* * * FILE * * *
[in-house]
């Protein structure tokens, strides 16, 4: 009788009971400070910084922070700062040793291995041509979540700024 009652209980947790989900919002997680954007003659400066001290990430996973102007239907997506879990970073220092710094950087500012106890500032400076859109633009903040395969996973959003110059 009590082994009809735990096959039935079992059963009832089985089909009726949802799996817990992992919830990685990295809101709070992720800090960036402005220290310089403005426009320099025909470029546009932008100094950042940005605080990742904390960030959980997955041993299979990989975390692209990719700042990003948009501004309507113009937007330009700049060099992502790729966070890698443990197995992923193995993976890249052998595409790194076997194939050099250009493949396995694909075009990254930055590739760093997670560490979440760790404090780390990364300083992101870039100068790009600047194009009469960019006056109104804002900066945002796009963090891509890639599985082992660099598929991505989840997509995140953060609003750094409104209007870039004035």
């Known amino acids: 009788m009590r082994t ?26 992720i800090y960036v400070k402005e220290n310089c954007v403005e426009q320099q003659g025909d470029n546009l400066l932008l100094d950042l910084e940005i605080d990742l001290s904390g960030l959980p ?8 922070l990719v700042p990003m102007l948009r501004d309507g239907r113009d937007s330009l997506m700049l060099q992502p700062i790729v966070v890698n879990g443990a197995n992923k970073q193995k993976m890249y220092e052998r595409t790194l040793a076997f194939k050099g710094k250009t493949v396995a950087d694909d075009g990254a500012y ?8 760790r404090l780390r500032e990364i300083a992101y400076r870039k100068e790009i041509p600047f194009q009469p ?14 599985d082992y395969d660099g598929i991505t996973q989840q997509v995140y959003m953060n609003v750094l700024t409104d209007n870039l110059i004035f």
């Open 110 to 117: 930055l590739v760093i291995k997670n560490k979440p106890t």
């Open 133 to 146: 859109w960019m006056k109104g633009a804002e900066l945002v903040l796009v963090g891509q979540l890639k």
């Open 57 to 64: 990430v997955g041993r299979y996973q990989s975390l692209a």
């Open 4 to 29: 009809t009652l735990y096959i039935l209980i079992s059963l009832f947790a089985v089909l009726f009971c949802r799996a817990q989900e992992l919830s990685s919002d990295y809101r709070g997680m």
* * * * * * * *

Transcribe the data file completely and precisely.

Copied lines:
[in-house]
């Protein structure tokens, strides 16, 4: 009788009971400070910084922070700062040793291995041509979540700024 009652209980947790989900919002997680954007003659400066001290990430996973102007239907997506879990970073220092710094950087500012106890500032400076859109633009903040395969996973959003110059 009590082994009809735990096959039935079992059963009832089985089909009726949802799996817990992992919830990685990295809101709070992720800090960036402005220290310089403005426009320099025909470029546009932008100094950042940005605080990742904390960030959980997955041993299979990989975390692209990719700042990003948009501004309507113009937007330009700049060099992502790729966070890698443990197995992923193995993976890249052998595409790194076997194939050099250009493949396995694909075009990254930055590739760093997670560490979440760790404090780390990364300083992101870039100068790009600047194009009469960019006056109104804002900066945002796009963090891509890639599985082992660099598929991505989840997509995140953060609003750094409104209007870039004035």
């Known amino acids: 009788m009590r082994t ?26 992720i800090y960036v400070k402005e220290n310089c954007v403005e426009q320099q003659g025909d470029n546009l400066l932008l100094d950042l910084e940005i605080d990742l001290s904390g960030l959980p ?8 922070l990719v700042p990003m102007l948009r501004d309507g239907r113009d937007s330009l997506m700049l060099q992502p700062i790729v966070v890698n879990g443990a197995n992923k970073q193995k993976m890249y220092e052998r595409t790194l040793a076997f194939k050099g710094k250009t493949v396995a950087d694909d075009g990254a500012y ?8 760790r404090l780390r500032e990364i300083a992101y400076r870039k100068e790009i041509p600047f194009q009469p ?14 599985d082992y395969d660099g598929i991505t996973q989840q997509v995140y959003m953060n609003v750094l700024t409104d209007n870039l110059i004035f």
């Open 110 to 117: 930055l590739v760093i291995k997670n560490k979440p106890t």
């Open 133 to 146: 859109w960019m006056k109104g633009a804002e900066l945002v903040l796009v963090g891509q979540l890639k």
């Open 57 to 64: 990430v997955g041993r299979y996973q990989s975390l692209a």
């Open 4 to 29: 009809t009652l735990y096959i039935l209980i079992s059963l009832f947790a089985v089909l009726f009971c949802r799996a817990q989900e992992l919830s990685s919002d990295y809101r709070g997680m």